It's also turning out that one of the widely-accepted assumptions - the assumption that vast amounts of DNA were little more than vestigial junk (an assumption that intelligent design people have been predicting for fifteen years would turn out to be false) - is turning out to be false. Researchers are finding that as much as 80% of our genetic material has a function in the cell and that number appears to be a lower limit.
All of which is to say that however the cellular machinery came about it's becoming increasingly unlikely with every passing year that it came about by purely purposeless, mechanistic processes.
Here's an excerpt from the New Scientist article:
After the genome was sequenced, another major project was launched to try to understand which bits of the genome do what. The results, released this week, reveal that our genome is far more complex and mysterious than biologists imagined just a decade ago.You can read the entire article at the link for free for the next four days.
Back in the 1960s, a beautifully simple picture emerged. Our DNA consisted of recipes for proteins. The double helix could be unzipped to allow RNA copies of these recipes to be made and sent to the protein-making factories in cells. But by the 1970s, it had become clear that only a tiny proportion of our DNA codes for proteins - just 1.2 per cent, we now know. What about all the rest? Some assumed it must do something, others suggested it was mostly junk. "At least 90 of our genomic DNA is 'junk' or 'garbage' of various sorts," the geneticist Susumu Ohno wrote in 1972.
Ohno knew, though, that some of the DNA that didn't code for proteins still played a vital role. For instance, the process of making RNA copies of genes - transcription - involves clusters of proteins binding to specific sequences near the genes. These proteins - called transcription factors - control the activity of genes by either boosting or blocking transcription, so the sequences to which they bind are known as regulatory DNA or switches.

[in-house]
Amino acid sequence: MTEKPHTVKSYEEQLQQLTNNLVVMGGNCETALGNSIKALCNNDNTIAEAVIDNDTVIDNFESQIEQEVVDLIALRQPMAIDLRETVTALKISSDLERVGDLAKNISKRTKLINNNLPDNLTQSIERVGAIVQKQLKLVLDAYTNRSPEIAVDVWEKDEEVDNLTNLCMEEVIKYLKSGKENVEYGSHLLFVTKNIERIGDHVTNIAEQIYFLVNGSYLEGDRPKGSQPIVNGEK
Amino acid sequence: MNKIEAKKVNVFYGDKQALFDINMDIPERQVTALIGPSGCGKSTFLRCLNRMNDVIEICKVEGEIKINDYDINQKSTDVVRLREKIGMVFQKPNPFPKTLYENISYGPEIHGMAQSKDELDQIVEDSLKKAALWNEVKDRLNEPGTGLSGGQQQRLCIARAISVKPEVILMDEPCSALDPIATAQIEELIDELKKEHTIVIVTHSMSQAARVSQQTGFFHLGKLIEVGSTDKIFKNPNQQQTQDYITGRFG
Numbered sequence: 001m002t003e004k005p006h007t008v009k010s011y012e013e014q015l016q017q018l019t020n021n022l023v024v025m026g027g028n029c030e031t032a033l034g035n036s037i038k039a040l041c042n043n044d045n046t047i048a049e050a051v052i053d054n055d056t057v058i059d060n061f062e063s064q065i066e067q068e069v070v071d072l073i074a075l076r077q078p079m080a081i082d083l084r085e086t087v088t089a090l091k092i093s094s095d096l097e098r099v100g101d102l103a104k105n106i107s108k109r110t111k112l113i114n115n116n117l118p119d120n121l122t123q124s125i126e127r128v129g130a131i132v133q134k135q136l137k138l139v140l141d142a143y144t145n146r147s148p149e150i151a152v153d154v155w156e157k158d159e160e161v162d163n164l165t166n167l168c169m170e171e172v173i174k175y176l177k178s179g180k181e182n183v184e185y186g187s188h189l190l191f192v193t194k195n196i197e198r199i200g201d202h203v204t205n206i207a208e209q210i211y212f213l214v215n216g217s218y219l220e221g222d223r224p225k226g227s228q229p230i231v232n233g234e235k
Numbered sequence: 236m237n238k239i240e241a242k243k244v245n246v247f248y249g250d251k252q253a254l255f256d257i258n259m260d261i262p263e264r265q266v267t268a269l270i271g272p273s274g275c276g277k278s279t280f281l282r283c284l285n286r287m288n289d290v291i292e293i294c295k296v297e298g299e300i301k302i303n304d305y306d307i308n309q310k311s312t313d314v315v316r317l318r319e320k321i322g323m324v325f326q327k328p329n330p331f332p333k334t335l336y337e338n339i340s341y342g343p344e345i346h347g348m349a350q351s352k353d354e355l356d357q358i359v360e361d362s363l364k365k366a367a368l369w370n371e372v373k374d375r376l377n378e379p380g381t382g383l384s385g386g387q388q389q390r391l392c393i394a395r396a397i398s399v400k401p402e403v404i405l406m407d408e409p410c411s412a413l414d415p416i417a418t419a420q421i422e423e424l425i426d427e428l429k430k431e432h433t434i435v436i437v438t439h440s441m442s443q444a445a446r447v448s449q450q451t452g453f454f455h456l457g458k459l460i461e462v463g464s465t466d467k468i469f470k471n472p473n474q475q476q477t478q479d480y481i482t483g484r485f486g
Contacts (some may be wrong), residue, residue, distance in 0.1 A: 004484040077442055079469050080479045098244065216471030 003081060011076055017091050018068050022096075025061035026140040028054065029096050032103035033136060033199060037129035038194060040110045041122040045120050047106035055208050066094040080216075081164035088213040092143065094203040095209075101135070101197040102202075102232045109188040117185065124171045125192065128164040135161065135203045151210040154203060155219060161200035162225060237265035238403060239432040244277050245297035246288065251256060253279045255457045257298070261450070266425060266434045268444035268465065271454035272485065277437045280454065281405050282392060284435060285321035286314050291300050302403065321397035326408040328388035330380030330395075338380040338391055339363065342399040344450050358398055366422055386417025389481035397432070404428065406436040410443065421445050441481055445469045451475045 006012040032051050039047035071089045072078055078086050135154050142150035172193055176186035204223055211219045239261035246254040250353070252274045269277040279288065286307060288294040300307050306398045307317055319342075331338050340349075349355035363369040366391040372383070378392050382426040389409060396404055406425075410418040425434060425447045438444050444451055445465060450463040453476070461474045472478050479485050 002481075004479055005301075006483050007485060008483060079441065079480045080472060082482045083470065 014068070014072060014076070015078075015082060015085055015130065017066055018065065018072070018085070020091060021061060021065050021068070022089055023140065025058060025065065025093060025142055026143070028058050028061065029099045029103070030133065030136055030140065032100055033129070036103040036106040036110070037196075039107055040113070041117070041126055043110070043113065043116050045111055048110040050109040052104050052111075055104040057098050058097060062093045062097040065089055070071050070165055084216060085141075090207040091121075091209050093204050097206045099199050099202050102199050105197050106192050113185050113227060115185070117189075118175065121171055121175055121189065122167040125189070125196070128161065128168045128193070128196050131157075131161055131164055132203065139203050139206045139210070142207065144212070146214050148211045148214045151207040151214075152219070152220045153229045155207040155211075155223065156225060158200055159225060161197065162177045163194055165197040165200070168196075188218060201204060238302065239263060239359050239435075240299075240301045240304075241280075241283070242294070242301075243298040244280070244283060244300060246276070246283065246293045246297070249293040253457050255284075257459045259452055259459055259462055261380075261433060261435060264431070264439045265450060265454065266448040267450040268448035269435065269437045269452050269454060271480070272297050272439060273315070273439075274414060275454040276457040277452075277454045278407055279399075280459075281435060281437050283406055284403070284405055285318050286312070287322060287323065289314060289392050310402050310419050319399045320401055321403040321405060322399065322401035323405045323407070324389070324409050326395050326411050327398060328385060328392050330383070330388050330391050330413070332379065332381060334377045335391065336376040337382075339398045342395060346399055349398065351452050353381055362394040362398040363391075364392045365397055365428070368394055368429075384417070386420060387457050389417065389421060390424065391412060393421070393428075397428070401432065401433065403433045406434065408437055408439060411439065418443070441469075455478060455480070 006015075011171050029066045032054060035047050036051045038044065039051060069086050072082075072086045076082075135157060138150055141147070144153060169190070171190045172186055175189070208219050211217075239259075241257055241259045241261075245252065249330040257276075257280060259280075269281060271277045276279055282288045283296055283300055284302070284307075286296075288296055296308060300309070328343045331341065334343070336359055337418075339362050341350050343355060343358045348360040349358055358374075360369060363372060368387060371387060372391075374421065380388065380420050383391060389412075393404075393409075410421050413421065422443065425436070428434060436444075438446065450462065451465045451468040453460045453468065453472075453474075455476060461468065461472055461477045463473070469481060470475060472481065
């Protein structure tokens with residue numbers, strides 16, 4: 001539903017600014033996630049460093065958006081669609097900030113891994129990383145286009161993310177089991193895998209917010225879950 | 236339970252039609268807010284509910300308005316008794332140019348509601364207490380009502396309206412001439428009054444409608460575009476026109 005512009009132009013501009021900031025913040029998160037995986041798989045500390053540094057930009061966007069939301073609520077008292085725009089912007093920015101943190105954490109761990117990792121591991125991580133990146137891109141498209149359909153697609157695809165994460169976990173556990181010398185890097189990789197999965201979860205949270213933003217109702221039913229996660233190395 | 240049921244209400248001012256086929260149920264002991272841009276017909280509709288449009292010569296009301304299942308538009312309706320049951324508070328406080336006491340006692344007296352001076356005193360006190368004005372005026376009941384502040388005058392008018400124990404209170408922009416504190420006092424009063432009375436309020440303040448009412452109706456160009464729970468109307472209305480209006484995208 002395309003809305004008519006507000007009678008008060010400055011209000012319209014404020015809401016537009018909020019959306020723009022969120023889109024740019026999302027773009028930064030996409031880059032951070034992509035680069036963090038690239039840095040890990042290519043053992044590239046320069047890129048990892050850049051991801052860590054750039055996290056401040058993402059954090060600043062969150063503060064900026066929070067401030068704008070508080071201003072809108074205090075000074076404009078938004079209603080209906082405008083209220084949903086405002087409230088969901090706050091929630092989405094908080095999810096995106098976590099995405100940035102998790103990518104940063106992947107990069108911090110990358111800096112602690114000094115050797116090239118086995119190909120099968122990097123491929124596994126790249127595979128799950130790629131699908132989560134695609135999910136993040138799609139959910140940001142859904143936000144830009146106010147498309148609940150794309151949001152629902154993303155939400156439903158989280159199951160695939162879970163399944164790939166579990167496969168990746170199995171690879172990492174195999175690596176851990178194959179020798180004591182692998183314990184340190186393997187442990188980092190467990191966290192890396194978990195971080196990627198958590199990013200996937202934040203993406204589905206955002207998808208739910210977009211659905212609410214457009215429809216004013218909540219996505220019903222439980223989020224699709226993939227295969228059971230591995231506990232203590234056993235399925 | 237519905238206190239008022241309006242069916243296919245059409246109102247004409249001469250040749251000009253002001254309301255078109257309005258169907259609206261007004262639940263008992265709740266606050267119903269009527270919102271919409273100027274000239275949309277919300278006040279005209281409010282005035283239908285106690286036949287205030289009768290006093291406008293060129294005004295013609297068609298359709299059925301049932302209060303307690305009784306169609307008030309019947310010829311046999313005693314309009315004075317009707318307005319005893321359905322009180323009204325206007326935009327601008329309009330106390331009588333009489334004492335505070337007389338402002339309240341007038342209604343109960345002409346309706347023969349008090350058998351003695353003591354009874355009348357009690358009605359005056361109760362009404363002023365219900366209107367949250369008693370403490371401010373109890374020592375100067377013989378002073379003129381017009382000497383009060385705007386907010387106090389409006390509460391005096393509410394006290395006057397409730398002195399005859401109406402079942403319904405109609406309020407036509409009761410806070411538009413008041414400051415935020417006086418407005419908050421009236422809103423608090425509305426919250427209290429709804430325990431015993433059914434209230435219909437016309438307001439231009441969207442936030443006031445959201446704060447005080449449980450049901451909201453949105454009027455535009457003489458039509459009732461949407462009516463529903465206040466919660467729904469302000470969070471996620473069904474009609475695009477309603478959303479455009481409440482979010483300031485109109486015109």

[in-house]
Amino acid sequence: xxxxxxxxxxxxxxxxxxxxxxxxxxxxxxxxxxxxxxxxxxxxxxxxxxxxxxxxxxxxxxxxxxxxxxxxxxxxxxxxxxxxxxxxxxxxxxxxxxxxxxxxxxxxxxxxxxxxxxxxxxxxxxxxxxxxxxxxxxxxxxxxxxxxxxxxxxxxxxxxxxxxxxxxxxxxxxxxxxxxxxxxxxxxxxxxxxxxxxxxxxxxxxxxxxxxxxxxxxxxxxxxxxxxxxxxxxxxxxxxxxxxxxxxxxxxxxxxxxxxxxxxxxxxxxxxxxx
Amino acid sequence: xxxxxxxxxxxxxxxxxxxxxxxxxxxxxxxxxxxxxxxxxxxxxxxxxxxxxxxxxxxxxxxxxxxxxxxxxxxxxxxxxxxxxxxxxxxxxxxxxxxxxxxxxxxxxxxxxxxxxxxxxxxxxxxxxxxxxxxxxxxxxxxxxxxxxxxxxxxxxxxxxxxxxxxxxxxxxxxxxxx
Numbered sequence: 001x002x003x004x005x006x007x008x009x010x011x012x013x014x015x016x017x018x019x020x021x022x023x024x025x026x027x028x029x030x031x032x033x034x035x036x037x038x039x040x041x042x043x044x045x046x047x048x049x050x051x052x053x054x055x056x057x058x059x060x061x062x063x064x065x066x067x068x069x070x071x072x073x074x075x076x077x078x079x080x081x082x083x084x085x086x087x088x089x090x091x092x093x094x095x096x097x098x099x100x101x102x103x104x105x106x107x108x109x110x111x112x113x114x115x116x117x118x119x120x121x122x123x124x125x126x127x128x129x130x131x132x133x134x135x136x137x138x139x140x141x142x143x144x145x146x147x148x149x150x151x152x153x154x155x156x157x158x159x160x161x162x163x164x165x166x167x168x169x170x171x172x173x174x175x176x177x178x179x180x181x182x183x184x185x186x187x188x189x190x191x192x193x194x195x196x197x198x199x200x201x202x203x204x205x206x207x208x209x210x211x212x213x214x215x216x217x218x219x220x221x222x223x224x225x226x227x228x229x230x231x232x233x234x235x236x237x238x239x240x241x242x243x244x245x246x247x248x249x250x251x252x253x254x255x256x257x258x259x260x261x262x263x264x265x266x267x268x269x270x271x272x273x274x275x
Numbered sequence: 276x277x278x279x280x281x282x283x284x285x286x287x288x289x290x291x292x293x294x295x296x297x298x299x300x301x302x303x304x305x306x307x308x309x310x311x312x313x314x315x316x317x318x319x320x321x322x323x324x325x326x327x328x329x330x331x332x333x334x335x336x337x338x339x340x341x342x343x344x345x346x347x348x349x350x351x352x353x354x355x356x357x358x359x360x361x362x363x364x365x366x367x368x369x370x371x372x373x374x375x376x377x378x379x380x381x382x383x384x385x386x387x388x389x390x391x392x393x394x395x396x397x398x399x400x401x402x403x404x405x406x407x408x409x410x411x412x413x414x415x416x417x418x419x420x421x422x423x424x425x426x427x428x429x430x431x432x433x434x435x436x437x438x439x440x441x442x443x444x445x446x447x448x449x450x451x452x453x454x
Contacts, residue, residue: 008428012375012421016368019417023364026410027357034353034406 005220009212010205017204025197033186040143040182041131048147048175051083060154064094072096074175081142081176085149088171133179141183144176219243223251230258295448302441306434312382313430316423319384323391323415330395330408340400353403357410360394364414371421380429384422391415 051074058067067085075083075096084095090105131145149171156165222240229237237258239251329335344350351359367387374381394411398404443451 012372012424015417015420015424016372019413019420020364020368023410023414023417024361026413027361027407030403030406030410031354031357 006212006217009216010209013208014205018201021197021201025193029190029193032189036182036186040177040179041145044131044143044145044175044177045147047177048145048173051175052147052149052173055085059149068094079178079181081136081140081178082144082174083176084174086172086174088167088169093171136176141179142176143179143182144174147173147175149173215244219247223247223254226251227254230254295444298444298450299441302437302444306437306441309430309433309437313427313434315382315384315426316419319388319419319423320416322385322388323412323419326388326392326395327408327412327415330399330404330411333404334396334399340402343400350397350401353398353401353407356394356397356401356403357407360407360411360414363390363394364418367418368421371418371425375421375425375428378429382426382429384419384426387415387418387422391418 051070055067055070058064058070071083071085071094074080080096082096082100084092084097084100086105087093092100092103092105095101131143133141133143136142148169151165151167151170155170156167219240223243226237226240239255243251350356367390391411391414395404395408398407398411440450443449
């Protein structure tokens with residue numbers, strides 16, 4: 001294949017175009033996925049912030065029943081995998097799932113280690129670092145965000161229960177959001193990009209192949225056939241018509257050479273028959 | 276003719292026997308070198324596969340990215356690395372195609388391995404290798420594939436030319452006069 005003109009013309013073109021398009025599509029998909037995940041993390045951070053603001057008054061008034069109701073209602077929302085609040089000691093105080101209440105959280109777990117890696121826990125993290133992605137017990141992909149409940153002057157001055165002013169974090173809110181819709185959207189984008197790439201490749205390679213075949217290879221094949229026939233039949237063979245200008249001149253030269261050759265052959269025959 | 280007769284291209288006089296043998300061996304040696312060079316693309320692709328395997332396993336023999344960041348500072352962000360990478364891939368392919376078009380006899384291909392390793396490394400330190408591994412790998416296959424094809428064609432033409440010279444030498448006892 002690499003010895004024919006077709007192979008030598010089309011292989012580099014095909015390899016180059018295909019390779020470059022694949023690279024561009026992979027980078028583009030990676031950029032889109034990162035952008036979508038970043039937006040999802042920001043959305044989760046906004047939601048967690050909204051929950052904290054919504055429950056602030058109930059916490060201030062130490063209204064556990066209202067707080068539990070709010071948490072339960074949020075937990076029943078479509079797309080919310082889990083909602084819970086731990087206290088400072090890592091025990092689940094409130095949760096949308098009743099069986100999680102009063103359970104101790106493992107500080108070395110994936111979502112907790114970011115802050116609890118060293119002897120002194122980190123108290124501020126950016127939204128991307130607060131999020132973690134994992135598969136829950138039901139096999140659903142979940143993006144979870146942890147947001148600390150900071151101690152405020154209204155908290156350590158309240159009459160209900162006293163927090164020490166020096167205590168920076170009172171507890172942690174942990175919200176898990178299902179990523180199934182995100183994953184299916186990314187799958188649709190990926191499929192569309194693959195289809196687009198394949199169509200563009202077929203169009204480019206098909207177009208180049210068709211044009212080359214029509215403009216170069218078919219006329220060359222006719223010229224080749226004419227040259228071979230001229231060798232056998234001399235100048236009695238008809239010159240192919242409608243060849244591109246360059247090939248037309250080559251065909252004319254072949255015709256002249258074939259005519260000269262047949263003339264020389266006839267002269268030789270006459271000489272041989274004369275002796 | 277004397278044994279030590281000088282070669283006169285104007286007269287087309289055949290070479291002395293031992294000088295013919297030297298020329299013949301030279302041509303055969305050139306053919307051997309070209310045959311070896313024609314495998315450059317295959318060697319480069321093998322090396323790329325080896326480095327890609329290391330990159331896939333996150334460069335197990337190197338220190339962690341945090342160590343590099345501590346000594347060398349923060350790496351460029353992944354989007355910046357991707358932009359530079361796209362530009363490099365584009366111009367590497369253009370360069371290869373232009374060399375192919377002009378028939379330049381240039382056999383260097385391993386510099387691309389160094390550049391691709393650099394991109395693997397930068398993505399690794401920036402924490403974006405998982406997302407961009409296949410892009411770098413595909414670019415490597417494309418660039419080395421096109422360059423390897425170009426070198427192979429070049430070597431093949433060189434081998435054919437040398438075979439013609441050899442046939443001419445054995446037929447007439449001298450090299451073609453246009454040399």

So how much DNA acts a switch, or has some other function? To provide an overall picture of which parts of the genome do what, the Encyclopedia of DNA Elements (ENCODE) project was set up in 2003. It involves many teams around the world using a variety of techniques. The results of a pilot study looking at just 1 per cent of the genome were released in 2007. This week, the results of its study of the entire genome were released, with the publication of more than 30 papers in Nature and other journals.
Among other things, ENCODE looked for switches that control gene activity. The researchers did this by taking known transcription factors and seeing which bits of DNA these proteins bound to. So far, they have found 4 million sites, covering 8.5 per cent of the genome - far more than anyone expected.
Even this is likely to be a gross underestimate of the true number, because ENCODE hasn't yet looked at every cell type, or every known transcription factor. "When we extrapolate up, it's more like 18 or 19 per cent," says Ewan Birney of the European Bioinformatics Institute in Cambridge, UK, who is coordinating the data analysis for ENCODE. "We see way more switches than we were expecting, and nearly every part of the genome is close to a switch."
It used to be that anyone who believed that living things were the product of intentional, intelligent engineering were thought to be benighted, hopelessly superstitious, credulous simpletons. It seems that that description is currently shifting toward those who insist that this breathtaking complexity could just happen by mindless accident.